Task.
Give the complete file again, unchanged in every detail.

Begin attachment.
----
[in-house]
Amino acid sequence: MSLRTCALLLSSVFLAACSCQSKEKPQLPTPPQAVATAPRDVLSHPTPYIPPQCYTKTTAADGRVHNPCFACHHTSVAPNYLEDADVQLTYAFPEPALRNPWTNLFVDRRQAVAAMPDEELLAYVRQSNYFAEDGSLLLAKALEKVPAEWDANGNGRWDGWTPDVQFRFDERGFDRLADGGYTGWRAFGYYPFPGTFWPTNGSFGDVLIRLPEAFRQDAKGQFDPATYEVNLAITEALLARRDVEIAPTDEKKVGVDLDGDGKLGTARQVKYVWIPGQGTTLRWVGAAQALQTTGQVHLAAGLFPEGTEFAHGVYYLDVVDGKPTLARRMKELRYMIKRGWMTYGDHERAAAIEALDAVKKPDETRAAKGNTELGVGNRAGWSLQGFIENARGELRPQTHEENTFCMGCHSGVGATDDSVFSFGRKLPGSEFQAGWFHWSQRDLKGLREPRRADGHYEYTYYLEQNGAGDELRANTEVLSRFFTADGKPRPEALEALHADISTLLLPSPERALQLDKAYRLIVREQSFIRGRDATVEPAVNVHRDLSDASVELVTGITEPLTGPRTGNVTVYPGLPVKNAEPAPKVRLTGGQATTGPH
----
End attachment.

[in-house]
Amino acid sequence: MSLRTCALLLSSVFLAACSCQSKEKPQLPTPPQAVATAPRDVLSHPTPYIPPQCYTKTTAADGRVHNPCFACHHTSVAPNYLEDADVQLTYAFPEPALRNPWTNLFVDRRQAVAAMPDEELLAYVRQSNYFAEDGSLLLAKALEKVPAEWDANGNGRWDGWTPDVQFRFDERGFDRLADGGYTGWRAFGYYPFPGTFWPTNGSFGDVLIRLPEAFRQDAKGQFDPATYEVNLAITEALLARRDVEIAPTDEKKVGVDLDGDGKLGTARQVKYVWIPGQGTTLRWVGAAQALQTTGQVHLAAGLFPEGTEFAHGVYYLDVVDGKPTLARRMKELRYMIKRGWMTYGDHERAAAIEALDAVKKPDETRAAKGNTELGVGNRAGWSLQGFIENARGELRPQTHEENTFCMGCHSGVGATDDSVFSFGRKLPGSEFQAGWFHWSQRDLKGLREPRRADGHYEYTYYLEQNGAGDELRANTEVLSRFFTADGKPRPEALEALHADISTLLLPSPERALQLDKAYRLIVREQSFIRGRDATVEPAVNVHRDLSDASVELVTGITEPLTGPRTGNVTVYPGLPVKNAEPAPKVRLTGGQATTGPH